Delpy's Celine is still the woman with whom Jesse fell in love, but she has become more agitated by career disappointment and more self-consciously wry in satirical denunciation of her own failing beauty – Jesse gallantly disagrees – yet all this has made her funnier, more sensual. For his part, Jesse is hurt by Celine's anger at his new plans to keep in closer contact with Hank. The situation is acted out with terrific clarity and gusto by Hawke and Delpy, who wrote the screenplay with Linklater.
But could it be that all liaisons such as theirs are coloured by the thought that romantic love will always be conditional and compromised, compared with the feeling for those children that it brings into being? For me, the most quietly moving scene was the first: Jesse saying goodbye to Hank at the airport, returning to Chicago after a brief vacation with them all in Greece. No emotional demonstrations, just some hearty-grumpy advice about keeping up with music and team sports. Poignantly, Jesse asks Hank: "What's the first thing you're gonna do, when you get home?" Hank gives the question a baffled shrug. It made my eyes fill with tears, and I didn't realise why until hours after the movie: when I used to phone home during my first term away at university, my dad wistfully asked me the same sort of thing: what are you going to do, once you've hung up the phone?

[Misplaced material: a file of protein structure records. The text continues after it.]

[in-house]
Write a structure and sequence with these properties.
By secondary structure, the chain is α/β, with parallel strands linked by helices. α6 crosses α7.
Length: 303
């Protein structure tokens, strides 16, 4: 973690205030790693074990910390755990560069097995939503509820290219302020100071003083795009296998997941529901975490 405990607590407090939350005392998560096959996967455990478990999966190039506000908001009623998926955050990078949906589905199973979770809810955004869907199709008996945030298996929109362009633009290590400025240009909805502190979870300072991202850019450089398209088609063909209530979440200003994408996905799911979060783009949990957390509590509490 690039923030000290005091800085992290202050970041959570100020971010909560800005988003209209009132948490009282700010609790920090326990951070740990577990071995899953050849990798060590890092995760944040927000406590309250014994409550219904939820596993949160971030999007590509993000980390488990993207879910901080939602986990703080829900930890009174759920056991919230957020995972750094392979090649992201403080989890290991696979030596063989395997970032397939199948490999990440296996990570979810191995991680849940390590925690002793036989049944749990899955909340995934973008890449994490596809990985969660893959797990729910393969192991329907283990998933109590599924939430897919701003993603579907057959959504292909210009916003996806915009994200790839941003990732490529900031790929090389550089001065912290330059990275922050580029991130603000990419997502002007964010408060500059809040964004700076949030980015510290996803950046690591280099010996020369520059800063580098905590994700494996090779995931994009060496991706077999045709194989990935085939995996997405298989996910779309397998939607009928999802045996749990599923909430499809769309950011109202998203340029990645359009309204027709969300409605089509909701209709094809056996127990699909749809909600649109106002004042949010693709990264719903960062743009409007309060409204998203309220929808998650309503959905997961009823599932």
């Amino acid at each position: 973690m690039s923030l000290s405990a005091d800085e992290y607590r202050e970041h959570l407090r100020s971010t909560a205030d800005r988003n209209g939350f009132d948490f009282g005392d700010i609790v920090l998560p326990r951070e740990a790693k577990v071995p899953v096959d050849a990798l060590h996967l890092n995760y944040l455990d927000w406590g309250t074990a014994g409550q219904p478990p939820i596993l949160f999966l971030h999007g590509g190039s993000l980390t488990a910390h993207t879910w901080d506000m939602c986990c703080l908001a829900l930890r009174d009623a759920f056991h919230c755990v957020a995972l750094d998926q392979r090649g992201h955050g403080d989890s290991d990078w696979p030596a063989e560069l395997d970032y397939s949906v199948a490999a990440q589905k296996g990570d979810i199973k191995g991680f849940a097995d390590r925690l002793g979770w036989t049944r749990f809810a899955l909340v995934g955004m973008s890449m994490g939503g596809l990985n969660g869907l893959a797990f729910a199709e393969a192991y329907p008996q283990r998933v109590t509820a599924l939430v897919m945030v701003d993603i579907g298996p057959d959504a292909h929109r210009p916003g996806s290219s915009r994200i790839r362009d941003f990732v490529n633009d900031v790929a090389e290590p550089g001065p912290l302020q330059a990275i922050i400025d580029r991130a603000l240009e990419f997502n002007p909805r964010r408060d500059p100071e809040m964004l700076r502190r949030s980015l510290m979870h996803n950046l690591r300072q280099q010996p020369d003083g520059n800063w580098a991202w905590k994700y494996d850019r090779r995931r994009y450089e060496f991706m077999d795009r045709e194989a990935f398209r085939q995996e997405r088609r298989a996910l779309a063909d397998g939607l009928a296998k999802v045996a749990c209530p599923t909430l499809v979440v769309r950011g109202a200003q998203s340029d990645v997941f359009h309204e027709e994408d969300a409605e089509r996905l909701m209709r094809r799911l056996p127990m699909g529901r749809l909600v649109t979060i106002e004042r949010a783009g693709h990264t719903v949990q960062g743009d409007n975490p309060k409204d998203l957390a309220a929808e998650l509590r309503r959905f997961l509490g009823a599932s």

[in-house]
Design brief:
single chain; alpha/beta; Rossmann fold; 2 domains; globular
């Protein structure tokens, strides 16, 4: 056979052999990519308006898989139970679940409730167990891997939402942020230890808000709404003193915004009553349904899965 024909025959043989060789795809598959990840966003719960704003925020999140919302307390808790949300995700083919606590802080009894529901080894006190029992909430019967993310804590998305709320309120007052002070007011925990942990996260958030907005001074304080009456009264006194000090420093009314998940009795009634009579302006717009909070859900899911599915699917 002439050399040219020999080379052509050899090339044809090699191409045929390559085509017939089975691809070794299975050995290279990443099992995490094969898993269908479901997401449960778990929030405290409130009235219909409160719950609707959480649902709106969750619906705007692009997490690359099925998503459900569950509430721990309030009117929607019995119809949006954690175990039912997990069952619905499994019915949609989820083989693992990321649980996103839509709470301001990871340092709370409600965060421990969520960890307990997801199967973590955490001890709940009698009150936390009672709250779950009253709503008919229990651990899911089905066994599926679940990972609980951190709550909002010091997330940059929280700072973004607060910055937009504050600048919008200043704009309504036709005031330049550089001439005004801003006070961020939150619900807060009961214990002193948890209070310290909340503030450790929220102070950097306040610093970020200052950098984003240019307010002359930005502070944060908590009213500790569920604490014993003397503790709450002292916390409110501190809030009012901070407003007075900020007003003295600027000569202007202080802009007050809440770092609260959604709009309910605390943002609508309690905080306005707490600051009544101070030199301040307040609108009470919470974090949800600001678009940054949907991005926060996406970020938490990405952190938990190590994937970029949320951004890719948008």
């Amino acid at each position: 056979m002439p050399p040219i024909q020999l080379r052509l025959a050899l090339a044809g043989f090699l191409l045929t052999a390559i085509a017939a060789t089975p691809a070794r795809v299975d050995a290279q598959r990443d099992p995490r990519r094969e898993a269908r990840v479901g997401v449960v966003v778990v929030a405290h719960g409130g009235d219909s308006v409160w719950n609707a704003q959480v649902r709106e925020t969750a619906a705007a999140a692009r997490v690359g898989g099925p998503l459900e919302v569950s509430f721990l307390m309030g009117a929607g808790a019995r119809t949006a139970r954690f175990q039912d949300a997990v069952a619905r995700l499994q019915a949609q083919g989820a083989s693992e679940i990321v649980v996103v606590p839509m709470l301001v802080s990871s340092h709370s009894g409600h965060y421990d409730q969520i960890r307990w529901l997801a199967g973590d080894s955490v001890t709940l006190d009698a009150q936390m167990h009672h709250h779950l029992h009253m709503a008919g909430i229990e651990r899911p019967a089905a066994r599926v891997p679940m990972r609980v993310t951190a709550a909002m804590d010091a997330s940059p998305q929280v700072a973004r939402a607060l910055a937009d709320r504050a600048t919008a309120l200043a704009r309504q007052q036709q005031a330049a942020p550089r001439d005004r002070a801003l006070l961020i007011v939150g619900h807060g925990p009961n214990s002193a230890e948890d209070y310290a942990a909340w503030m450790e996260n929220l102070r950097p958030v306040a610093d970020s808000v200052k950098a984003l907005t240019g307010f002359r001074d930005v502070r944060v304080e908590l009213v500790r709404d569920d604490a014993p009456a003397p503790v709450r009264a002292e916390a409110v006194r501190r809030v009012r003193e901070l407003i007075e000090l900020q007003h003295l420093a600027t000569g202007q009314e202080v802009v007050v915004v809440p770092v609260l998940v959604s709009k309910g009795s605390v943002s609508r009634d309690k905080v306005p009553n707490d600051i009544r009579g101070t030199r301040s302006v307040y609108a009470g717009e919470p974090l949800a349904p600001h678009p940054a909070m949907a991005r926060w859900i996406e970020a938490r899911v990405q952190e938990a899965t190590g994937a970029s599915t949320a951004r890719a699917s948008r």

This is a great end to the trilogy – if it is the end. As an organic experiment in collaboration between actors and director, it is a triumph, co-created and co-owned by Delpy, Linklater and Hawke.
"Before Midnight" delivers in the difficult ways it absolutely must: It is as good a movie as its predecessors, "Before Sunrise" and "Before Sunset," which by now have practically achieved classic status. And it advances the characters, Celine and Jesse, in ways audiences can believe. Yes, these are the same people, but in different lives now, and in their early 40s.